Subsidized housing: Should homeless children get to jump to the front of the wait list?
One way of looking at the business of state government — especially human services — is through numbers.
The state’s population of about 3.5 million breaks down into about 1.3 million households, according to the U.S. Census.
Of those, more than 190,000 households last year claimed the federal EITC — earned income tax credit — a good indicator of families living on the financial edge.
But Friday afternoon, in a room in the state Legislative Office Building, a single, small number seemed to stand out and tell its own story.
The number was 83, and it referred to the number of children who are in state custody for only one reason: their families have no home.
Of the children who “could go home if there was a home to go to,” the Department of Children and Families said, more than half were living with strangers as foster children. Others were living in large group homes or in shelters. And 24 of those 83 were living with other family members.
“So to me that translates to: we have children for no other reason than poverty,” DCF Commissioner Joette Katztold lawmakers on the Appropriations Committee Friday.
State law forbids DCF from removing children from their homes because of poverty. But the agency has no alternative because there is limited space in subsidized housing.
The agency reports that each month it refers 100 families with children to the state’s subsidized housing program. About 800 families referred by DCF are on the waiting list for the Connections program.
Sen. Toni N. Harp, D-New Haven, and co-chairwoman of the Appropriations Committee, wants to allow homeless families with children to cut to the front of the long line of people vying for public housing.
“Since resources are limited, we’ve got to make decisions about who gets it first. I think the people you serve should get it first,” Harp told Katz. “This is an awful reason to lose your children.”
Gov. Dannel P. Malloy‘s proposed budget preserves the $6.3 million this housing program received last year. He also recommends adding 150 new subsidized housing units to be offered to the elderly, disabled and those families at-risk of losing their children to DCF.
Without a line-jumping change in policy or huge influx in funding, a backlog of children deemed eligible to go home will inevitably remain in DCF custody.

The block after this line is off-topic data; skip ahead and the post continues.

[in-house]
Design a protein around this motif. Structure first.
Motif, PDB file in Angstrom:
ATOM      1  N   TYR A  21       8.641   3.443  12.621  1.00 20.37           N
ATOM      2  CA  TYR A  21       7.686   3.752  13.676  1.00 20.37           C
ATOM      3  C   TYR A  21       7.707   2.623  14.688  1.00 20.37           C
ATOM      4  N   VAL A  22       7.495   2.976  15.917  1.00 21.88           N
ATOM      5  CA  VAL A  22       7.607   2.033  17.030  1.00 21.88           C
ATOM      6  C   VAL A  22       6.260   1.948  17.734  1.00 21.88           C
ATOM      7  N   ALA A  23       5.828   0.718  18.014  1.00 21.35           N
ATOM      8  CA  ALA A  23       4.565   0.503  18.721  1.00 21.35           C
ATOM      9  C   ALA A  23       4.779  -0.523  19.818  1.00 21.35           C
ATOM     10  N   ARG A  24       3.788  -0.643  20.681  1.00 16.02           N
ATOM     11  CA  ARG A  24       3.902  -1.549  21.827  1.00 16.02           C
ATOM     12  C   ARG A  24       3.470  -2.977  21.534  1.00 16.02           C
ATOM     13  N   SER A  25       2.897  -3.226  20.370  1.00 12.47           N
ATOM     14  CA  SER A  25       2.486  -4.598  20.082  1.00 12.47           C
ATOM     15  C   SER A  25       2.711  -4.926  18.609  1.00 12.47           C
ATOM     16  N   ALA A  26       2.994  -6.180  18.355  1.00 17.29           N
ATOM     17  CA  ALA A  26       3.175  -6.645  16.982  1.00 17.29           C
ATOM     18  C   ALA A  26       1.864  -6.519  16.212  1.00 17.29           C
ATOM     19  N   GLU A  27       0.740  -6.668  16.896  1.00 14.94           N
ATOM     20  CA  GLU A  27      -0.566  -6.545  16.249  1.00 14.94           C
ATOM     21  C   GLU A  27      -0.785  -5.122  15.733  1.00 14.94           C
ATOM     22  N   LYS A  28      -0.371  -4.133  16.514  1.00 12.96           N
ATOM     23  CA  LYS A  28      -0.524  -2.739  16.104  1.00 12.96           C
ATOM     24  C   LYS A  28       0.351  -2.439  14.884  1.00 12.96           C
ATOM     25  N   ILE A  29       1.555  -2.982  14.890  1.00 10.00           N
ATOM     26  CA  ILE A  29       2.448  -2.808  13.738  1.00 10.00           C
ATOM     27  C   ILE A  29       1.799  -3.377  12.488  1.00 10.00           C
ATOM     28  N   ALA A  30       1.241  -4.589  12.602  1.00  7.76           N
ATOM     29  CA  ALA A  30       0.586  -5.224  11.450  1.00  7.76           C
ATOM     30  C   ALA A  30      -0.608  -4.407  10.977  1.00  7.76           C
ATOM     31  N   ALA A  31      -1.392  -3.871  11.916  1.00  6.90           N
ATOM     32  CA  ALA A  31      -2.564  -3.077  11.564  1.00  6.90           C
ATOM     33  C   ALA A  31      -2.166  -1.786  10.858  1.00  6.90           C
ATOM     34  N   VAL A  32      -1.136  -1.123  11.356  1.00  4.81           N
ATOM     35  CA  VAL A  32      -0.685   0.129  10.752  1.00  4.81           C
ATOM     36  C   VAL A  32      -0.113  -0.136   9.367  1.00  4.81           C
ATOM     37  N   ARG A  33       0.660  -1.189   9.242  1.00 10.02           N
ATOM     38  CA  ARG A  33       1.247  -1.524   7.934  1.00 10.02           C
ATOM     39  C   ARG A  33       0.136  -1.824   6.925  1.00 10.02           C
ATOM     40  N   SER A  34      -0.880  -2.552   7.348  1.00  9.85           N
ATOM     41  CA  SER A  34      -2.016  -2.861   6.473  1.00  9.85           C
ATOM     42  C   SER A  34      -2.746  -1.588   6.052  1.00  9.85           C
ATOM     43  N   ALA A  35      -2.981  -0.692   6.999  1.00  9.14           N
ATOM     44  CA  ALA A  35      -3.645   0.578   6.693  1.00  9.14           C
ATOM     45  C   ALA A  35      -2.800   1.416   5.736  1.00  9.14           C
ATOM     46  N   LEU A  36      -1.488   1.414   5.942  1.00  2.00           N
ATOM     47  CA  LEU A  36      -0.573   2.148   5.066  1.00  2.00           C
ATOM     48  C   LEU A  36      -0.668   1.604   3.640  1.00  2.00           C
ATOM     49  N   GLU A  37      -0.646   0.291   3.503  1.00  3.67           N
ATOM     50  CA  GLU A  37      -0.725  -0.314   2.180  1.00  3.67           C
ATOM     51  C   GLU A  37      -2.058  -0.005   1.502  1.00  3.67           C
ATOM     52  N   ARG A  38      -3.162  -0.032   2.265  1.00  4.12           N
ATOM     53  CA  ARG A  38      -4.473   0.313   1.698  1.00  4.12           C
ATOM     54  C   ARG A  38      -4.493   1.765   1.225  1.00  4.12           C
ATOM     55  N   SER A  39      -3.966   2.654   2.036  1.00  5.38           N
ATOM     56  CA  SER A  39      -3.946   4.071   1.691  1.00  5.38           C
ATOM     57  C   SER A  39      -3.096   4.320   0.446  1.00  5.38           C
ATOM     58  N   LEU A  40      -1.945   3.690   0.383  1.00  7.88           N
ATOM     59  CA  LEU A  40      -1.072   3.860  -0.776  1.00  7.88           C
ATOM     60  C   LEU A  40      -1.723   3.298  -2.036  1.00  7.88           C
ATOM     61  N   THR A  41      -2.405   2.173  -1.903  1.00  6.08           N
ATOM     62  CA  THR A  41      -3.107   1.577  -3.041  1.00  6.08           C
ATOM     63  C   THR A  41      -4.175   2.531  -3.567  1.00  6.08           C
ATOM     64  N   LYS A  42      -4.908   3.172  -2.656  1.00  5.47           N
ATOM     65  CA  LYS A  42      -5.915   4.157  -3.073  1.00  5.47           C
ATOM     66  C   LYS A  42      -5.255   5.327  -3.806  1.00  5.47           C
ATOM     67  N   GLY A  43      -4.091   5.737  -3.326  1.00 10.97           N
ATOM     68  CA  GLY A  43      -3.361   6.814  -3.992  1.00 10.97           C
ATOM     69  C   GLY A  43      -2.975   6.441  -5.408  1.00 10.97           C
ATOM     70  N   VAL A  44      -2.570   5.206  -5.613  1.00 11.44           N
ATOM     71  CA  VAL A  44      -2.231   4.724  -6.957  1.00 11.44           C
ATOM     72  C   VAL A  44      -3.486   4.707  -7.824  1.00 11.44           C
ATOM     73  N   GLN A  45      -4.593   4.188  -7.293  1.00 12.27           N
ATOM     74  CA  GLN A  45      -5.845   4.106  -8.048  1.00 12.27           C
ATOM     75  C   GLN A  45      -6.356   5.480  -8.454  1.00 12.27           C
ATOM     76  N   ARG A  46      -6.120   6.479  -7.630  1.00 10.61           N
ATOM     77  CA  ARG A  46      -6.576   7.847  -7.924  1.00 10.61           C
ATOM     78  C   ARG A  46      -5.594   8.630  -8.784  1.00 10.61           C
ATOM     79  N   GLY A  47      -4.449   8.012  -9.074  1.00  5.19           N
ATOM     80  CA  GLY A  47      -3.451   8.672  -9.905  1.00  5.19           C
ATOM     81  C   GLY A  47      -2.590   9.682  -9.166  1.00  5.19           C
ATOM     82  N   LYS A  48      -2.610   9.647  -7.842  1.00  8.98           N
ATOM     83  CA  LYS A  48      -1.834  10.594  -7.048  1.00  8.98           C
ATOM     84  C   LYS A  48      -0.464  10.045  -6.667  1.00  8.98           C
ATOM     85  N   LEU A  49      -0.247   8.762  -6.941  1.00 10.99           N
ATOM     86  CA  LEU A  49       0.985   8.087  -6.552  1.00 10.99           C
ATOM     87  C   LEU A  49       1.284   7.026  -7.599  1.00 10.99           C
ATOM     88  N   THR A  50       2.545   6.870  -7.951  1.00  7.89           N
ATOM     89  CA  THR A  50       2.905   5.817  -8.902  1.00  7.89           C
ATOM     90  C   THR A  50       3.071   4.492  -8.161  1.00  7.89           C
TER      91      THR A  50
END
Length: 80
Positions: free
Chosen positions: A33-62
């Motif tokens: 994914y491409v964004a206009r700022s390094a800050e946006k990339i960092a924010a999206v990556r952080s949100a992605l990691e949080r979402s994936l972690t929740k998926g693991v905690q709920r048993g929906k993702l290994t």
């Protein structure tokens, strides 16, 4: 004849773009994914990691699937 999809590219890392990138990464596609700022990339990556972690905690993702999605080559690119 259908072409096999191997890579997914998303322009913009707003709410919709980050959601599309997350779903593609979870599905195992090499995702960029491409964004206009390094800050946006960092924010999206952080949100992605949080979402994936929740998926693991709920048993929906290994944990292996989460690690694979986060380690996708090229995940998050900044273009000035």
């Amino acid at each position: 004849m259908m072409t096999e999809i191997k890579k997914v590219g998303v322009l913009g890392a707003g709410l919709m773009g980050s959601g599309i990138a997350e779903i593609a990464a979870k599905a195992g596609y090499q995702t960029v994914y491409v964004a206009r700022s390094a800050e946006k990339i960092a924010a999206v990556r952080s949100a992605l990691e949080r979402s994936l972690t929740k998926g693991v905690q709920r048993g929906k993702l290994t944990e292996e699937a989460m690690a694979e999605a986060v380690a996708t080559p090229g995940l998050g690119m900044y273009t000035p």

Evelyn Torres was one of the lucky parents that landed an apartment through DCF.
“My daughter was in care of DCF because I was homeless. After this program we reunified again,” the mother of four from Waterbury told the Appropriations Committee. “Without support[ive] housing, I don’t know where I would have gone.”
But David Fink, with the Partnership for Strong Communities, said creating a line-jumping policy would not solve the underlying problem.
“You can’t have so many low-income families and so little affordable housing units,” he said. “It’s a really bad choice to have to make who gets it and who doesn’t”
Fink, who advocates for the expansion of affordable housing, said it takes years to land a state subsidized housing unit for homeless people and those on the verge of becoming homeless. When the wait list for Middletown’s affordable housing units opened recently, 50,000 people applied for 1,000 seats.
When parents enter DCF’s housing program to avoid having their child taken away, their dealings with the agency doesn’t end there.
Members of the Appropriations Committee were told the agency follows up to make sure these children are safe. Additionally, the program aims to get parents out of poverty so their children are not at risk of being removed for other poverty-related incidents, such as lack of food or health care.
So when Malloy proposed having the state’s economic development agency run the program, legislators were stunned.
“That has really caused some uncomfortableness among us,” said Rep. Toni E. Walker, D-New Haven, and the other chairwoman of the Appropriations Committtee.
The move could also put the state at risk of not qualifying for federal reimbursements for the Connections housing program, said Ruth White with the National Center for Housing and Child Welfare.
“It will make it difficult if not impossible” to qualify, she said. “Disrupting this risks destroying the very nature of that nationally renown program,” she said.
The intent of moving the program to the Department of Economic and Community Development was an effort to move all the state’s housing programs under one roof, a spokesman said.
“Consolidating the state’s housing fuctions into one centralized office located within DECD will streamline, facilitate and strengthen a coordination of these needs for those who need it most throughout the state,” David Bednarz said.
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